Cleveland Indians second baseman Jason Kipnis came into the 2014 season as an American League All-Star and member of a core group of young, ascending talents poised to compete and thrive in the AL Central for years to come.
By the end of the first week of the season, the 27-year-old had earned a new contract, long-term security and faith from the organization that drafted him in the second round of the 2009 draft.
According to Paul Hoynes of Northeast Ohio Media Group, Kipnis has agreed to a six-year, $52.5 million extension through the 2019 season.
For the Indians, betting big on Kipnis is a necessary risk for a team with a unique core and bright future among AL competitors. Although Cleveland's second baseman isn't a transcendent talent like Bryce Harper in Washington or Manny Machado in Baltimore, he's very, very good.
Last season, only two players in baseball posted 30-plus steals and an OBP of .360 or better.
The first, Los Angeles' Mike Trout, recently signed a record-setting deal. The second, Kipnis, flew under the radar as a speedy on-base machine.
As Jordan Bastian of MLB.com pointed out, in 2013 Kipnis became only the sixth Indians player to post a 15-home-run, 30-steal season. The other five to accomplish the rare feat are Grady Sizemore, Roberto Alomar, Kenny Lofton, Joe Carter and Bobby Bonds.
In fact, Kipnis' 2012 and 2013 seasons—his seasons at ages 25 and 26—put him in rare company among second basemen in the history of baseball. According to Baseball-Reference (subscription required), Kipnis posted the 15th-best WAR (9.8) of all time among second basemen during that two-year age range.
On the surface, that's just a number. Many still can't draw meaningful conclusions from the advanced statistic.
Context, however, makes Kipnis stand out even more. When sorting by second basemen over the last 20 years (1994-2013), the Indians' $52.5 million man ranks fourth in WAR among his position mates at the same age.
|Highest WAR Among Age-25-26 Second Basemen (1994-2013)|
The names below him aren't just surprising; they paint a picture of great young second basemen that rose to Hall of Fame-level careers.
Of course, no long-term deal comes without risk. For the Indians, the risk here is that Kipnis becomes an approximation of players like Edgardo Alfonzo or Marcus Giles—good, not great, and with career-best seasons around the same age.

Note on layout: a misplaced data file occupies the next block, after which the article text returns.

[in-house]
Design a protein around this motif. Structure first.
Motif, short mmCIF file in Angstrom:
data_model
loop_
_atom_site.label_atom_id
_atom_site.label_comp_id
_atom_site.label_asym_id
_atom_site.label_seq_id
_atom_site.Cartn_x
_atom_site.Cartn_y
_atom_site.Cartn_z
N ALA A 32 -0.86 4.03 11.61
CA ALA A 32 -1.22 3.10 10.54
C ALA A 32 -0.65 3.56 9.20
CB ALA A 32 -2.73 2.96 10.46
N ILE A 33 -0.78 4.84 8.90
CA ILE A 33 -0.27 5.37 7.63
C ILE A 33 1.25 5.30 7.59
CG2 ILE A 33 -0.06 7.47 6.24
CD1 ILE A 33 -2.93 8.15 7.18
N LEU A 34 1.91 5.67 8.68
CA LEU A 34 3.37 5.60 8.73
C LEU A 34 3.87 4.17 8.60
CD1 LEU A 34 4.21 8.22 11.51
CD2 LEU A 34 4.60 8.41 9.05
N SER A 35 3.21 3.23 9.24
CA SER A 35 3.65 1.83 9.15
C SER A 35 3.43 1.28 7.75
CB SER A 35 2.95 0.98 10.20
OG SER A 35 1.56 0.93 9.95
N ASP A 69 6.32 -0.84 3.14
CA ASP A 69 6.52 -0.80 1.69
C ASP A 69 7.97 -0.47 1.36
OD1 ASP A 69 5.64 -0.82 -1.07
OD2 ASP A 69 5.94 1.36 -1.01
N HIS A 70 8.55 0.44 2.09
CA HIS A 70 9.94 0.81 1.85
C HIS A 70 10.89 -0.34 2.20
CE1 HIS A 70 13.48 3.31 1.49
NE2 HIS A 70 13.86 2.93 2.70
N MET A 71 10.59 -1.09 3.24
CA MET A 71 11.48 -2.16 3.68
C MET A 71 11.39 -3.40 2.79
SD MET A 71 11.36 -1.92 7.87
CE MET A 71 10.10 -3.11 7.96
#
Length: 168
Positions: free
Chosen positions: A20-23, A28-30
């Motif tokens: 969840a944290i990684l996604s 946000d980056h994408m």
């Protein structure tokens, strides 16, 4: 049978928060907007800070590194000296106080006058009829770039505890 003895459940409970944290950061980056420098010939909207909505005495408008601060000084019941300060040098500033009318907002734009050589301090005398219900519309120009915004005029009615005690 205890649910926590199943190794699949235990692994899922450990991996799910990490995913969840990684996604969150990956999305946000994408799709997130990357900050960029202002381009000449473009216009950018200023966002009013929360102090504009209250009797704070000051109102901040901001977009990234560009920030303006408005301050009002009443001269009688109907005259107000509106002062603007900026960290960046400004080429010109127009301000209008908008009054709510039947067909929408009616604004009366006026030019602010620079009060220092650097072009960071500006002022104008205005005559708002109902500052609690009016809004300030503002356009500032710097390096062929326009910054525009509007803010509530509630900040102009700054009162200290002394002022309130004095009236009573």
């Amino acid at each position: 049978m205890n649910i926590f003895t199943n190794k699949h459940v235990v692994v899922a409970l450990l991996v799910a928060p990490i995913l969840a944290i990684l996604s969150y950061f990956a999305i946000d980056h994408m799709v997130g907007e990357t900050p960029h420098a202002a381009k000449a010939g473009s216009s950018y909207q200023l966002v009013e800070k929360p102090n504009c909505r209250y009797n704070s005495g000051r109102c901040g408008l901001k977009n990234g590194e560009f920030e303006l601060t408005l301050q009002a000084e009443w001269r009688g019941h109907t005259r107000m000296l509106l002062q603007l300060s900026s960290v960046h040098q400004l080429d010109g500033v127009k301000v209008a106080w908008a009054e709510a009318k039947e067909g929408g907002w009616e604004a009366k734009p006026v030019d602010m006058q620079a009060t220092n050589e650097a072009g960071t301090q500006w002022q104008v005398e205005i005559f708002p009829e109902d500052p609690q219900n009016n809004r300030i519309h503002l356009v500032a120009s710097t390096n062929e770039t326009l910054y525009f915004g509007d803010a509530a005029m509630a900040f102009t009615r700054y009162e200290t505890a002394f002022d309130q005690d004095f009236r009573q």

If that occurs, $52.5 million won't necessarily be a terrible investment for Cleveland, but it will be far from a steal.
Despite the stellar WAR and 2013 All-Star Game nod, Kipnis' game has flaws.
Last year, the left-handed hitter saw his strikeout percentage rise to 21.7. That led to 143 strikeouts, a large number for a hitter without a 20-plus-HR season on his ledger through parts of three big league seasons.
Due to a combination of strikeout percentage, attrition rate for second baseman and talent level, FanGraphs' Oliver Projection system doesn't expect Kipnis to take a leap from very good to great during the bulk of this deal.
In fact, Kipnis could be in natural decline by the time Cleveland's front office is forced to make a decision on his 2020 option year.
Can he continue to make a jump, become anything close to Chase Utley or Dustin Pedroia or help lead the Indians to World Series glory? In Cleveland, Kipnis—along with his core teammates at Progressive Field—could make the last scenario a reality.
When taken as a single transaction, the Kipnis deal makes sense for the mid-market Indians. Star second basemen with outstanding WAR figures can't land in Cleveland via a free-agency bidding war.
The only way for the team to hold on to Kipnis on the open market is to keep him off it altogether.
However, when surveying the Indians' roster and future contract allotments, there's more to the story than a second baseman deserving a lucrative new deal.
Under first-year manager Terry Francona, Cleveland made the postseason in 2013 for the first time since 2007. After losing starting pitchers Ubaldo Jimenez and Scott Kazmir during the winter, it would be easy to project a decline in 2014 and beyond.
Instead, expect a rise. After Kipnis' deal becomes official, the Indians will have Carlos Santana, Michael Brantley, Yan Gomes and Kipnis all signed to team-friendly deals.
According to Hoynes, Mike Chernoff, Cleveland's assistant general manager, was bullish on what the long-term deals have accomplished.
“It’s extremely meaningful to have that group of guys here for the long term,” Chernoff said. “From a planning standpoint, knowing that we have these guys here, we can continue building.”
By the end of 2014, 20-year-old phenom shortstop Francisco Lindor could arrive, providing six seasons of team control before an eventual date with the open market. With only $42.4 million on the books for 2016, general manager Chris Antonetti and Chernoff can be aggressive if arbitration buyouts arise for young arms like Danny Salazar and Corey Kluber.
Mid-market teams must develop players and make calculated decisions on which to trade, move on from or re-sign to long-term deals. In Cleveland, the Kipnis deal is another example of the Indians choosing a core to compete with for years.
If their latest decision turns out to be prescient, a star-level offensive second baseman will be a major contributor on a perennial playoff contender.
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